Scientific researchers view double-blind placebo trials as the gold standard for testing new drugs. To minimize bias, investigators randomly assign patients to either a “treatment” group or a “control” (placebo) group and then compare health outcomes. The standard practice is to compare a new drug against a “pharmacologically inert” placebo. To minimize opportunities for bias, neither patients nor researchers know which individuals received the drug and which the placebo. However, in clinical trials of the various HPV vaccines, pharmaceutical researchers avoided this kind of rigor and instead employed sleight-of-hand flimflams to mask the seriousness of vaccine injuries.

Of the 16 HPV vaccine randomized trials, only two used an inert saline placebo. Ten of the sixteen compared the HPV vaccine against a neurotoxic aluminum adjuvant, and four trials used an already-approved aluminum-containing vaccine as the comparison. One does not have to be a scientist to understand that using aluminum-containing placebos is likely to muddy the comparison between the treatment and control groups. Critics of the HPV vaccine have pointed to the aluminum adjuvant as the most likely cause of adverse reactions, and some researchers have questioned the safety of using aluminum adjuvants in vaccines at all, due to their probable role as a contributor to chronic illness. The aluminum-containing placebos appeared to provoke numerous adverse reactions among the presumably unwitting patients who received them, allowing the pharma researchers to mask the cascade of similar adverse reactions among the groups that received the vaccines. Although both placebo and study groups suffered numerous adverse events in these studies, there were minimal differences between the two groups. The similar adverse outcomes in both groups allowed industry researchers and government regulators to claim that the vaccines were perfectly safe, despite manifold disturbing reactions. The Mexican researchers’ meta-review confirms the difficulty of ascertaining vaccine-attributable differences from this mess; the researchers identified only a few indications of “significantly increased systemic adverse events in the HPV vaccine group vs. the control group” across the 16 pre-licensure trials.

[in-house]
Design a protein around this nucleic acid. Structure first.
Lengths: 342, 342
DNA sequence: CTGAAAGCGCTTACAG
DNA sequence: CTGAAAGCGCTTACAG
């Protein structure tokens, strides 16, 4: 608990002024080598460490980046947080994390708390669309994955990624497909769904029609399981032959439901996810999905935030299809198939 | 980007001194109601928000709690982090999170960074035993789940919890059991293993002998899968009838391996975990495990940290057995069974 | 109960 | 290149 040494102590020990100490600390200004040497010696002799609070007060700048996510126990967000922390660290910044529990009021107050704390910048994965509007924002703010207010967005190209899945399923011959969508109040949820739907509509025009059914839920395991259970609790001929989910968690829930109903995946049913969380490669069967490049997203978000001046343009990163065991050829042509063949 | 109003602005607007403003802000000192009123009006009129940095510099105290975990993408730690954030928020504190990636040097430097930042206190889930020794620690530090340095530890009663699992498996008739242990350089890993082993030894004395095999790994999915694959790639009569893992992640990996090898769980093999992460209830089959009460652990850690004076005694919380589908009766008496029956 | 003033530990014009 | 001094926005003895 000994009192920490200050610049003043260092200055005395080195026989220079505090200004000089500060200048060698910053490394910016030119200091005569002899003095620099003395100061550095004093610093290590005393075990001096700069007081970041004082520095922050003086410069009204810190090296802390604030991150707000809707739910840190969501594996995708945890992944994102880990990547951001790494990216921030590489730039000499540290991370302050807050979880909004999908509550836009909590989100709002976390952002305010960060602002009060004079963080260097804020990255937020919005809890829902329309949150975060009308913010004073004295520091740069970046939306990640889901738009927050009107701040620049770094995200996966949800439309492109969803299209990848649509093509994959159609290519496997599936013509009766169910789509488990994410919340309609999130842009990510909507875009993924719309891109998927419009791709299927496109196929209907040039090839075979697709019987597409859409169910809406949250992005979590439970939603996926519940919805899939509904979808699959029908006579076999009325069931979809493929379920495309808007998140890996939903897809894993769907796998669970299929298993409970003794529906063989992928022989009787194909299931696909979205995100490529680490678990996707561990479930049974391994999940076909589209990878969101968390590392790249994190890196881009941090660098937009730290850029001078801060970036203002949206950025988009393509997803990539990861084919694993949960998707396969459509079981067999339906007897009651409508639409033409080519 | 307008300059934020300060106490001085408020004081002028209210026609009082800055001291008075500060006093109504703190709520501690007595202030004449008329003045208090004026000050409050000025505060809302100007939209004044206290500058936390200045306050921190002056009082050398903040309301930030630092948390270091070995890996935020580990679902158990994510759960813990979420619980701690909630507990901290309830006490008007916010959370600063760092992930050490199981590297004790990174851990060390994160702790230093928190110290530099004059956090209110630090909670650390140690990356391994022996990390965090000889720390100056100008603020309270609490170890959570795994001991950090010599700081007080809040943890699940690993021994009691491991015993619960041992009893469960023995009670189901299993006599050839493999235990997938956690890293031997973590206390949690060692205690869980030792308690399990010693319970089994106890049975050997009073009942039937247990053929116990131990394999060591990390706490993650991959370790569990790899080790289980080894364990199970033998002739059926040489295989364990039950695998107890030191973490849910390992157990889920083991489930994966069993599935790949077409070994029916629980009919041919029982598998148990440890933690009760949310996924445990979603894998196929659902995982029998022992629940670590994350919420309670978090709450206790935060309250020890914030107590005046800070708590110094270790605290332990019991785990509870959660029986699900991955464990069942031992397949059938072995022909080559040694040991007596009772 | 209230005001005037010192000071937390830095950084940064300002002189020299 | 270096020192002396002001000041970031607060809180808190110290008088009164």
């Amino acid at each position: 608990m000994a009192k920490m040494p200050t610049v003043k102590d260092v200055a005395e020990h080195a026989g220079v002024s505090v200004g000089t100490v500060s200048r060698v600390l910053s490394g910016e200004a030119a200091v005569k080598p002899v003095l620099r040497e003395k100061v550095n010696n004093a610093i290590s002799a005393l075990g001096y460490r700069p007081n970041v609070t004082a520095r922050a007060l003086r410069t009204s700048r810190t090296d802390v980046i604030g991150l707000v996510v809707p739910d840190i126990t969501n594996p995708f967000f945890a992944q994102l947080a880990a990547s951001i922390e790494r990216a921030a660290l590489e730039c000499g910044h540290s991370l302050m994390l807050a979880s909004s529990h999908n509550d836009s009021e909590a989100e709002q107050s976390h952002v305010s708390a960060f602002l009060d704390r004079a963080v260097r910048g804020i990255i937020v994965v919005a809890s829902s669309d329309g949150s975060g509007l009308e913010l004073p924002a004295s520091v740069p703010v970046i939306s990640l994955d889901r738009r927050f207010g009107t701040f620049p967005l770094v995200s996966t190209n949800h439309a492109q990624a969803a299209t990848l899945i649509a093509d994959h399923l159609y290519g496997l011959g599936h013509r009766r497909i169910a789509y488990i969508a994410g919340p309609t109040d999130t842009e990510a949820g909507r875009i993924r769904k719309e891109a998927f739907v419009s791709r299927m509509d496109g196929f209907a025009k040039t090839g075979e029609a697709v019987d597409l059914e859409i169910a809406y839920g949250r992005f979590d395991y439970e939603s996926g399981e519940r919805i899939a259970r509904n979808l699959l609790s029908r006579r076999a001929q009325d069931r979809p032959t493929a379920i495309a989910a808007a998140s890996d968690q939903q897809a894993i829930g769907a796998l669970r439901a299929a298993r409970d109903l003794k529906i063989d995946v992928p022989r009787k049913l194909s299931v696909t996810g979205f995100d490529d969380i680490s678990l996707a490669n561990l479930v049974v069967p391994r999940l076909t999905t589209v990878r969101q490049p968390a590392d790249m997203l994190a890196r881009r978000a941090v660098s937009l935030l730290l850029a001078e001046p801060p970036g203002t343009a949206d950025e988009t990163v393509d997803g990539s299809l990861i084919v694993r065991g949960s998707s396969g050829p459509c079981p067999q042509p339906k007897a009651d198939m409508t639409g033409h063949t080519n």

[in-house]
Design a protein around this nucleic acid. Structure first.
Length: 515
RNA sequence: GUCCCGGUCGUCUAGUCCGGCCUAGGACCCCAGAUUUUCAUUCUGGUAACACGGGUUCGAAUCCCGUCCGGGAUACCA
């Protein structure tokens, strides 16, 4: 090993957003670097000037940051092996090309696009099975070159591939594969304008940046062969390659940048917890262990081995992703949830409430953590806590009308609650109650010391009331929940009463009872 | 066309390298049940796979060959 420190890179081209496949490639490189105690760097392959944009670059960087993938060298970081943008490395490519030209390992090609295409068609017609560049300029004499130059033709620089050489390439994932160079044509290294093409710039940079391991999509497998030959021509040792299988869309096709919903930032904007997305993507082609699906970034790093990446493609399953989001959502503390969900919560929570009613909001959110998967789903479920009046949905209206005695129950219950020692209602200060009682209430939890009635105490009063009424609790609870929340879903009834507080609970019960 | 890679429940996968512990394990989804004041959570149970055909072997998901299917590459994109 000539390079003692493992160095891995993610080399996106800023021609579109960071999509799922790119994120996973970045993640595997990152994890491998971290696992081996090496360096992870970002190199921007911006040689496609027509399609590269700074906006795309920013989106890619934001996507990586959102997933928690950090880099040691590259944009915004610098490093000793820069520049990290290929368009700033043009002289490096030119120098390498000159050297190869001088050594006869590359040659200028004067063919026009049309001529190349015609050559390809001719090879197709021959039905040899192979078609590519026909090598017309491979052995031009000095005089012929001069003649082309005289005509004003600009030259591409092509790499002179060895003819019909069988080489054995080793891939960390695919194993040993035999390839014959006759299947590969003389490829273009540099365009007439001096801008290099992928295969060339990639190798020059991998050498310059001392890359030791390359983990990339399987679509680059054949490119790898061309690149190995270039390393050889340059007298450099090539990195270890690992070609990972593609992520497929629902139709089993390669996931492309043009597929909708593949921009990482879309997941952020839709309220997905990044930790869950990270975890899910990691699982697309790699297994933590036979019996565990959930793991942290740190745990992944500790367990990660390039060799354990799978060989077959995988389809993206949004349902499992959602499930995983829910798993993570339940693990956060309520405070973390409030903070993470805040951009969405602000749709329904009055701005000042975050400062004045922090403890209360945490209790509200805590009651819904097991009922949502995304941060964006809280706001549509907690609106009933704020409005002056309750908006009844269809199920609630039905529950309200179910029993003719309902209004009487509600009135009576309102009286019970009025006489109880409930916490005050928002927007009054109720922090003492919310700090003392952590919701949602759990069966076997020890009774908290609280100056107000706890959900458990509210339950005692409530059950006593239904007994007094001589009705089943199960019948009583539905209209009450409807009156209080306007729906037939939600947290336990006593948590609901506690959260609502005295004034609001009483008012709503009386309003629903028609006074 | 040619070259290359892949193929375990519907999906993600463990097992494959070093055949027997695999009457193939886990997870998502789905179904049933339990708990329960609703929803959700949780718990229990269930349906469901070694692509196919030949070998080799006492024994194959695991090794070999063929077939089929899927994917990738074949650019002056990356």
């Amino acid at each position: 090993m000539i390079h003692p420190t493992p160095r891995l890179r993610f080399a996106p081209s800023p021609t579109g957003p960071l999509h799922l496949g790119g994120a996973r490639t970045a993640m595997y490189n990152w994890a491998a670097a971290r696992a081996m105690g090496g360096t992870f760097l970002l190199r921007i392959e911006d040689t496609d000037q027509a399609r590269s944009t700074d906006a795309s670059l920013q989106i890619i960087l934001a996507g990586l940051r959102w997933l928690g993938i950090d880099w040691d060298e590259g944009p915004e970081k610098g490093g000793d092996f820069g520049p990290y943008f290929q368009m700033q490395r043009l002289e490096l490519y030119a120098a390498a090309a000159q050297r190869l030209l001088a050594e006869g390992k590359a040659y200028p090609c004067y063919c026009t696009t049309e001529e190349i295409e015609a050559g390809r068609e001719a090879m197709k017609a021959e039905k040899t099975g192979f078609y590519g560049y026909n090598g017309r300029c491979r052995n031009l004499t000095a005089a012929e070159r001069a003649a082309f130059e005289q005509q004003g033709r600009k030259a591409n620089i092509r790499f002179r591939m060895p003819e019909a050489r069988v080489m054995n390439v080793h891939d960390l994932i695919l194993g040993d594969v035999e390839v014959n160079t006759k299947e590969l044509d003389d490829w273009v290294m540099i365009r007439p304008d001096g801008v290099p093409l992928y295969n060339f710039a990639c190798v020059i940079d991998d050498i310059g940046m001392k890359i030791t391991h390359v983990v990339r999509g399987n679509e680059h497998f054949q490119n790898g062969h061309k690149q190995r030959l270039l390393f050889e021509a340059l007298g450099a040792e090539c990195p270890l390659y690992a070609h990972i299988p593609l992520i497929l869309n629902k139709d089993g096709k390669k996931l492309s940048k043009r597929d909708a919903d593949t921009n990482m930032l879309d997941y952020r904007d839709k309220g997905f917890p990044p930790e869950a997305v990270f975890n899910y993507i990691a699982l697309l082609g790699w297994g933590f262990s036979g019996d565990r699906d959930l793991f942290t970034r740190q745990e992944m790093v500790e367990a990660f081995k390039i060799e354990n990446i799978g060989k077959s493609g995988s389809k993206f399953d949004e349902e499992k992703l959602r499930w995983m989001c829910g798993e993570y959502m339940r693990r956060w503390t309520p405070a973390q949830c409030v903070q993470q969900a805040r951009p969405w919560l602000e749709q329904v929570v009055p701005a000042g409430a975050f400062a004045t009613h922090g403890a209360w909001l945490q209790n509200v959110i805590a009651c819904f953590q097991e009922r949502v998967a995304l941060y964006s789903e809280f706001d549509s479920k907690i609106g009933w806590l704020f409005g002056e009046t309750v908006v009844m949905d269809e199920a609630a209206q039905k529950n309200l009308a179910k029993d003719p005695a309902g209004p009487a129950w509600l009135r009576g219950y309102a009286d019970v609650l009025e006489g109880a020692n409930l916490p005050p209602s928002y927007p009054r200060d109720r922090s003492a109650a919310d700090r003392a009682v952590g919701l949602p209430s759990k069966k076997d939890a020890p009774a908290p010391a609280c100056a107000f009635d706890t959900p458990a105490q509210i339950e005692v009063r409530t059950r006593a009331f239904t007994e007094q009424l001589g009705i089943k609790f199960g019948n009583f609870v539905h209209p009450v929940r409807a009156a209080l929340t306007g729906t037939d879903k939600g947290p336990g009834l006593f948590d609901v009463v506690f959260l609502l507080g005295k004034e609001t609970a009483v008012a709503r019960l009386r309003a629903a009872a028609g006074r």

The HPV promoters found it more difficult to employ deceptive devices in the 12 post-marketing safety reviews, and the Mexican authors summarize some of the more noteworthy findings. In Spain, they found a ten-fold higher incidence of vaccine-related adverse events following HPV vaccination compared to “other types of vaccines.” In Canada, they found an astonishing one in ten rate of hospital emergency department visits among HPV-vaccinated individuals “within 42 days after immunization.” Still, the industry researchers did what they could to minimize these injuries. The Mexican reviewers criticize the authors of the various post-marketing studies for failing to ask essential questions, to evaluate the many serious adverse events, or to elaborate on their often-troubling findings.

Abbreviated Trial Times

Typically, FDA requires drug companies seeking approval for a new drug to observe health outcomes in both the placebo and study groups for 4-5 years. Vaccine manufacturers take advantage of FDA regulatory loopholes that allow fast-tracking of vaccines and cut that period down to a few weeks or even a few days. This means that injuries that manifest, or are diagnosed, later in life—most neurodevelopmental disorders, for example—will escape attention entirely.

Further Smokescreens